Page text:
Under Option 2, Heid said, the City can stay true to its own code provisions that prohibit it from permitting activities that are illegal under state or federal law. The marijuana initiative presents the only case, he added, where state statute authorizes a business that is illegal under federal law.

"Under Option 2, we are not the permitting agency, we are not the regulatory agency," Heid said. "The initiative included in its language a lot of regulations. That's where the map came from, because it had the setbacks. You cannot have these businesses in residential areas, so there's an awful lot of property that's not going to be used. But there aren't setbacks for residential as such, so you look at the zone as it is, unless it's close to one of the accepted areas."

A state Liquor Control Board regulation requires that any retail or manufacturing operations be at least 1,000 feet from schools, parks, transit stations and daycares. The City consequently produced a map that, given this requirement, leaves only the M1 and M2 industrial and warehousing zones open to producers and processors, while restricting retail to the M1 and the three commercial zones.

By keeping the City from being the regulatory agency — and consequently preventing it from permitting anything federal law says is illegal— while allowing it to add code provisions to enforce violations of state licensing, the City under Option 2 could prosecute anybody who violates state licensing requirements, Heid said.

Heid noted that a would-be proprietor who hopes to open a retail marijuana business in the City of Fife recently sued that City, which has banned retail marijuana inside City limits.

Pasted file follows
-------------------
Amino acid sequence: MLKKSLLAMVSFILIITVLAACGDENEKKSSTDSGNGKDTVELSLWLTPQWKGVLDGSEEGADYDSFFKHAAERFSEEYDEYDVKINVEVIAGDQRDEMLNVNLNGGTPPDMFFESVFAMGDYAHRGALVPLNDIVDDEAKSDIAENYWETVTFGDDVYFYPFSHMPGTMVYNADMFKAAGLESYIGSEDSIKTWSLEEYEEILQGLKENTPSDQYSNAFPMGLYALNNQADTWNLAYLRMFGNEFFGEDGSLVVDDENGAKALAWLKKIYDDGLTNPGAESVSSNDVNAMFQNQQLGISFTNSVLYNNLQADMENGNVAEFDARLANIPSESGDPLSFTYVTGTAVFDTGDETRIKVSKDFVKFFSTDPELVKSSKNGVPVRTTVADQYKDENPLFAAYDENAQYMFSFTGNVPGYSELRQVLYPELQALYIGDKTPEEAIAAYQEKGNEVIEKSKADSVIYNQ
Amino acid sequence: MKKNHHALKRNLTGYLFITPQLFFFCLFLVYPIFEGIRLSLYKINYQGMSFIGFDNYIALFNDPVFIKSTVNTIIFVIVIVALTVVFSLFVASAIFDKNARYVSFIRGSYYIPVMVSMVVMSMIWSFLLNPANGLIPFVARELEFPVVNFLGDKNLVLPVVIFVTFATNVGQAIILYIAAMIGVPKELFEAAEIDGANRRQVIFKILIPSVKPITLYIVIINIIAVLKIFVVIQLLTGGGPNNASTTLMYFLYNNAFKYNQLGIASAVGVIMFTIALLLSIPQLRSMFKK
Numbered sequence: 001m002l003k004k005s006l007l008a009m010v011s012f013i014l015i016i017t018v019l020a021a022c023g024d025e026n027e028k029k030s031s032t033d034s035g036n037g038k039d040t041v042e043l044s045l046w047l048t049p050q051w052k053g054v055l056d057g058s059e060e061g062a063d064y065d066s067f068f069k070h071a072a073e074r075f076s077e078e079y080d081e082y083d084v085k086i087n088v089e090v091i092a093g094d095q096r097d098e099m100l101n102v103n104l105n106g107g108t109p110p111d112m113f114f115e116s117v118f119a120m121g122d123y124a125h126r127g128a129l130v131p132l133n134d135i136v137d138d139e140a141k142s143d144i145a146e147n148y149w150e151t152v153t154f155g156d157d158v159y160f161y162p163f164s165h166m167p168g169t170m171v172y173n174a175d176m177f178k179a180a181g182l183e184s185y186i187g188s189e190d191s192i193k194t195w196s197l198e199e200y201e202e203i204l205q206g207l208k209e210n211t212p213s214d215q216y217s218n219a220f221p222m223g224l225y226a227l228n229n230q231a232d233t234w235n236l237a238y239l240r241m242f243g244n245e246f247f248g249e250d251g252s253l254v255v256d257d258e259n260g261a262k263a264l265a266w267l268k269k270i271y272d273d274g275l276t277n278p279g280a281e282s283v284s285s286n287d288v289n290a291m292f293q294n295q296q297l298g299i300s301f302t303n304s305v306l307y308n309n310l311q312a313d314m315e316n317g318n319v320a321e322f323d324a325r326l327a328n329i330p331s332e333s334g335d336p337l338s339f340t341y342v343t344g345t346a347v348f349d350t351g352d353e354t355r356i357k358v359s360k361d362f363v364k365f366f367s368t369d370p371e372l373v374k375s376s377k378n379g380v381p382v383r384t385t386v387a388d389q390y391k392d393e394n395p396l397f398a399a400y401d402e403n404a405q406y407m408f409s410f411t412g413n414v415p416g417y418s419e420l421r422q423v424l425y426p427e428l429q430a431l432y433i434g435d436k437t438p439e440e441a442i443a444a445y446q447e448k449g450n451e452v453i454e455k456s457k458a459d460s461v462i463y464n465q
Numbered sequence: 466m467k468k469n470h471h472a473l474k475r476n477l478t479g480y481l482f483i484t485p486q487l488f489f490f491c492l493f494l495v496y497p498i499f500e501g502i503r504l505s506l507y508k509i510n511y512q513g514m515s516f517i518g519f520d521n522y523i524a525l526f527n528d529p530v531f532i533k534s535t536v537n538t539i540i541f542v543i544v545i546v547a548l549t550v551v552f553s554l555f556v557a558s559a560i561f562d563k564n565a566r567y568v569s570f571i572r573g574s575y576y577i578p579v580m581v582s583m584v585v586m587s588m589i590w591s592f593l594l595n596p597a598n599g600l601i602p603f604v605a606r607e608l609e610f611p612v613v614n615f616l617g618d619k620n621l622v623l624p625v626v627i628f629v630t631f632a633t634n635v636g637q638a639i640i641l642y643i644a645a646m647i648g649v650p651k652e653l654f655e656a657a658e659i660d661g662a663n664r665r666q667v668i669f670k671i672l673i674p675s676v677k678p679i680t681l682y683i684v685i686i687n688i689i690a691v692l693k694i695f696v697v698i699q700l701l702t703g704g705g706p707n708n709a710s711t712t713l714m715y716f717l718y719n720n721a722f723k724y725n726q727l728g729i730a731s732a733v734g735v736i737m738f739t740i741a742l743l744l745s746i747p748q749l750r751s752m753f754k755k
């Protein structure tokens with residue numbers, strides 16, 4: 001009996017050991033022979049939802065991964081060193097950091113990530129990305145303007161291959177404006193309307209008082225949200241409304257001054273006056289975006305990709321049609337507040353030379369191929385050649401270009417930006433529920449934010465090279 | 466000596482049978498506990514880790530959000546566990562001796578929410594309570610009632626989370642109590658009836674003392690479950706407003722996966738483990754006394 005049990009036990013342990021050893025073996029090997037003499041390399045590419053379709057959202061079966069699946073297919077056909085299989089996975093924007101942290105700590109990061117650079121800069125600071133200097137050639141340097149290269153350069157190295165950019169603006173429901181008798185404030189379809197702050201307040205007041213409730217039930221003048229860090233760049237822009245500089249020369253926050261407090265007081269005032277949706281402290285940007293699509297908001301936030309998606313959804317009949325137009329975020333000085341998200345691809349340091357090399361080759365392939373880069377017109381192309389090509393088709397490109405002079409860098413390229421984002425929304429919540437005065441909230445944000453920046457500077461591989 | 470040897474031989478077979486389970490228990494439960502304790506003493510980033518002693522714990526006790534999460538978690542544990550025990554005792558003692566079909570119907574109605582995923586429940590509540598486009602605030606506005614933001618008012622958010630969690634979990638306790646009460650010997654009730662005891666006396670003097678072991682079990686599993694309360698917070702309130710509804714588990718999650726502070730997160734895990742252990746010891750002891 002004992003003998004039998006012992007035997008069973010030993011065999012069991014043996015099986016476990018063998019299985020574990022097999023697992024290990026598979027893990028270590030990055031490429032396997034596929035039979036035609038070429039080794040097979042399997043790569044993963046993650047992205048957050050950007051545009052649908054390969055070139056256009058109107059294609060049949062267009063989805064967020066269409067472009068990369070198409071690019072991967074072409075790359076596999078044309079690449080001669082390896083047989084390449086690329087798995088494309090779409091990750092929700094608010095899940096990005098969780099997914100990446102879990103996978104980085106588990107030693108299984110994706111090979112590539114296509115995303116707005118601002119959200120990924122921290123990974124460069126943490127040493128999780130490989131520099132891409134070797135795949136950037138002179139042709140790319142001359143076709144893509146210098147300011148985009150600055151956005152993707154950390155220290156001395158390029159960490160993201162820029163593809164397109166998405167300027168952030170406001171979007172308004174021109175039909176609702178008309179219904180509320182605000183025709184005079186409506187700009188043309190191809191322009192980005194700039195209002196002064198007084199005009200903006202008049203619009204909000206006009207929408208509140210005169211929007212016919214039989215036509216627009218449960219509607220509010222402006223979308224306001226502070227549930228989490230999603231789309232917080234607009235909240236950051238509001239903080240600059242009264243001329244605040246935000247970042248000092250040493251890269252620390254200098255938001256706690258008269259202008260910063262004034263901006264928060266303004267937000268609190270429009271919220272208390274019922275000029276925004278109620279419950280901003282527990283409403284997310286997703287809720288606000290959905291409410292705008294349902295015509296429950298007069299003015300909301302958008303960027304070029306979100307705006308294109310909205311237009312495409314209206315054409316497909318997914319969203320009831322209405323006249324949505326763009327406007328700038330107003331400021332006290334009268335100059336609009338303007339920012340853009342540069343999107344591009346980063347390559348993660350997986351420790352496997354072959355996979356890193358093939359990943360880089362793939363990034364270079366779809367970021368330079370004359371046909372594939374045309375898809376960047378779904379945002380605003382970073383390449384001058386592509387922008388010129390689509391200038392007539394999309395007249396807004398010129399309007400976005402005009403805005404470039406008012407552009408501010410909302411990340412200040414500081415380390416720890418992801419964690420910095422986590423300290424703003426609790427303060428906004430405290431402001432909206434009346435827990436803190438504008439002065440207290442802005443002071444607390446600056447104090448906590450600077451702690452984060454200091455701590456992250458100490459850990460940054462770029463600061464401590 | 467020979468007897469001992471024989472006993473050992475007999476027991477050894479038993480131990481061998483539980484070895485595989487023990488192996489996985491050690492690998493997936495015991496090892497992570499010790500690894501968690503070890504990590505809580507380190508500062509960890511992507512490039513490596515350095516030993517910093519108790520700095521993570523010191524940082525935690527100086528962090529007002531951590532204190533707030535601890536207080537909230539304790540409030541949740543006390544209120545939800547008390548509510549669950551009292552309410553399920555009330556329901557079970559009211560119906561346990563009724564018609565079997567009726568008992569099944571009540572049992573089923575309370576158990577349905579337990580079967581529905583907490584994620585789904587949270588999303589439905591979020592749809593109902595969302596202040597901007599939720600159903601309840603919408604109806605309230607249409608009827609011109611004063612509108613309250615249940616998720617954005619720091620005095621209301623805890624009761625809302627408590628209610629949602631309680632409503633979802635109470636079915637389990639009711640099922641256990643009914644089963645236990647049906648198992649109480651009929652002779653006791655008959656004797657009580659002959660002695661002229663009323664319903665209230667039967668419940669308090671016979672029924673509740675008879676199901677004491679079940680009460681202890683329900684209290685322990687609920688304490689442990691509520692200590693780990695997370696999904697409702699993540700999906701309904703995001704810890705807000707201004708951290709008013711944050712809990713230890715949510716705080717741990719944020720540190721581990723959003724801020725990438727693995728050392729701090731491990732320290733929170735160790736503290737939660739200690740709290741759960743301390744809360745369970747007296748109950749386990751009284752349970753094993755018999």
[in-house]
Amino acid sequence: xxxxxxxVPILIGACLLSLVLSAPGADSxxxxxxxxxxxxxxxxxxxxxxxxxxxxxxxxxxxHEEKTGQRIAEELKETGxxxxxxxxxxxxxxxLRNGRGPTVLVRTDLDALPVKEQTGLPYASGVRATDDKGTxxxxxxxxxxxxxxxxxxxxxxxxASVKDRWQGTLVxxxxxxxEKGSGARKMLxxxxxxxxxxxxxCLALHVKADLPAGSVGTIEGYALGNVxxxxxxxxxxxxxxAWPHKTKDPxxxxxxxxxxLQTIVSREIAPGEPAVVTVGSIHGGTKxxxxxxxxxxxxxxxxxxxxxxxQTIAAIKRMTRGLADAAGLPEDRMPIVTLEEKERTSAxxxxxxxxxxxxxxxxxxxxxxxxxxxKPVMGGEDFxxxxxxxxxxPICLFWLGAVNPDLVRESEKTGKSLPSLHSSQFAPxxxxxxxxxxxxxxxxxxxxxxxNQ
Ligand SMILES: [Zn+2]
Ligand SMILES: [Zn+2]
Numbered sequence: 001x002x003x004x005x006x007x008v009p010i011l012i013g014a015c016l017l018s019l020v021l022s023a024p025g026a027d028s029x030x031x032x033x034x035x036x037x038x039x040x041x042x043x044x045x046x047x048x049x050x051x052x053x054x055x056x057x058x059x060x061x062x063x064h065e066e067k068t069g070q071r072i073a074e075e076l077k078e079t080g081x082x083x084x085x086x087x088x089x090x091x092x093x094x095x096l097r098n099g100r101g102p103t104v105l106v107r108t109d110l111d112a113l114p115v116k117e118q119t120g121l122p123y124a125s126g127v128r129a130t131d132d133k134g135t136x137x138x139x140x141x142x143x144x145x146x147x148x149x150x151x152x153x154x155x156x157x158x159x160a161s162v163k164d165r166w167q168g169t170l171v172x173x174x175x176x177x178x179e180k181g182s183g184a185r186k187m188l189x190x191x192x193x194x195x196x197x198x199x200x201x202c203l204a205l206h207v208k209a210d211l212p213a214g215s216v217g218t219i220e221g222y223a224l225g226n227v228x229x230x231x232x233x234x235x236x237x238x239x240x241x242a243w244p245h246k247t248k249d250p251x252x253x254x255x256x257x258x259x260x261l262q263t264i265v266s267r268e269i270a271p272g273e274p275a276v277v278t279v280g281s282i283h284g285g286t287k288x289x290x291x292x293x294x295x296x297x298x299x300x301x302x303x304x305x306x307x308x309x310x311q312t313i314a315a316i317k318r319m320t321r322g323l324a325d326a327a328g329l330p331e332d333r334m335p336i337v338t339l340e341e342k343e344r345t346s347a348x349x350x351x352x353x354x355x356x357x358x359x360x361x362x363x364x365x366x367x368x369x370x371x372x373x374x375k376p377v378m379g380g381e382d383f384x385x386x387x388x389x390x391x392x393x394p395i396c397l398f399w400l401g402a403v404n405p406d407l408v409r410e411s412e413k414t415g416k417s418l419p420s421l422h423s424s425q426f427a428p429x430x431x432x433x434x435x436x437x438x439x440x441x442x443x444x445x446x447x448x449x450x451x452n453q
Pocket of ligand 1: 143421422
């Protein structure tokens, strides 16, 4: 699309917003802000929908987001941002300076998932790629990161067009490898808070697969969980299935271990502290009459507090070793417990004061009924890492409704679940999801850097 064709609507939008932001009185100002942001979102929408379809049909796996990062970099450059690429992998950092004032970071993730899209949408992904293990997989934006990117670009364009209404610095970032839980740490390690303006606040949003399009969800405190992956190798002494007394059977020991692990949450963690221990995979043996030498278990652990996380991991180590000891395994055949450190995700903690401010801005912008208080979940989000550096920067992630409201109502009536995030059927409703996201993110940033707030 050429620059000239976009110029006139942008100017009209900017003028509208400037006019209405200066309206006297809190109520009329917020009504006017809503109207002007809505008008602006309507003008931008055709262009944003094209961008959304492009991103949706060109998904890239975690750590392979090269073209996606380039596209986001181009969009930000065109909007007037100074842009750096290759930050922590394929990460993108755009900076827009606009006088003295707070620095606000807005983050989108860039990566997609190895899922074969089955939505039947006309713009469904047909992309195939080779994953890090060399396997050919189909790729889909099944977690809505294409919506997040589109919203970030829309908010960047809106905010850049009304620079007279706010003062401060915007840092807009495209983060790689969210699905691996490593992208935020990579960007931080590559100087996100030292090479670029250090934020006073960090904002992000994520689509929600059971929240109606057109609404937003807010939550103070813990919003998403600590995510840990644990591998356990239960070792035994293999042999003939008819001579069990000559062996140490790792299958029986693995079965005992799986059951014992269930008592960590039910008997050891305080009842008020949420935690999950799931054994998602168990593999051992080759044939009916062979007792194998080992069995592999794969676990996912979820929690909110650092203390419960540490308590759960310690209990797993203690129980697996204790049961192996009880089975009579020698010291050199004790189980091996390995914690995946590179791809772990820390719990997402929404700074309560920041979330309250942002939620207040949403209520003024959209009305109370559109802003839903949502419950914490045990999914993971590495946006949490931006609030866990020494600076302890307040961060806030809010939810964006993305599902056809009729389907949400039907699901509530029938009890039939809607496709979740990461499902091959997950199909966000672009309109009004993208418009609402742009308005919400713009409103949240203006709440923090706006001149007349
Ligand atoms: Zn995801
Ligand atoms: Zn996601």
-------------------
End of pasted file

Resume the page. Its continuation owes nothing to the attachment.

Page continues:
The ACLU and state Attorney General Bob Ferguson have weighed in on the side of the proprietor. The outcome of the case is sure to have important consequences for Auburn.

Should the council extend the moratorium to wait and see what happens in the Fife case, Heid said, council members need to know ahead of time that there's no telling how long the case could linger in court. And a court could rule that the City is merely stretching the process out indefinitely to avoid taking action, a tactic that courts in other jurisdictions have shot down.

Recently the City asked the state Liquor Control Board permission to deny a permit request to open a marijuana business as long as the moratorium was in effect. On Monday, Mayor Nancy Backus got the answer, as follows: "The Liquor Control Board cannot support denial of the application based on a local moratorium." An additional moratorium, Heid cautioned, may make no difference to the state.

"The voters voted for this, and we need a reasonable time to implement it," said Councilmember Largo Wales.

The City could choose to extend the ordinance up to six months, with the proviso that it would expire whenever the council adopts its ordinance.

If the City chooses not to act on the ordinance on Tuesday, it must extend the moratorium at its Sept. 15 meeting, because the ordinance, which expires Sept. 16, cannot be effective until the moratorium expires, said Kevin Snyder, Community Development and Public Works Director.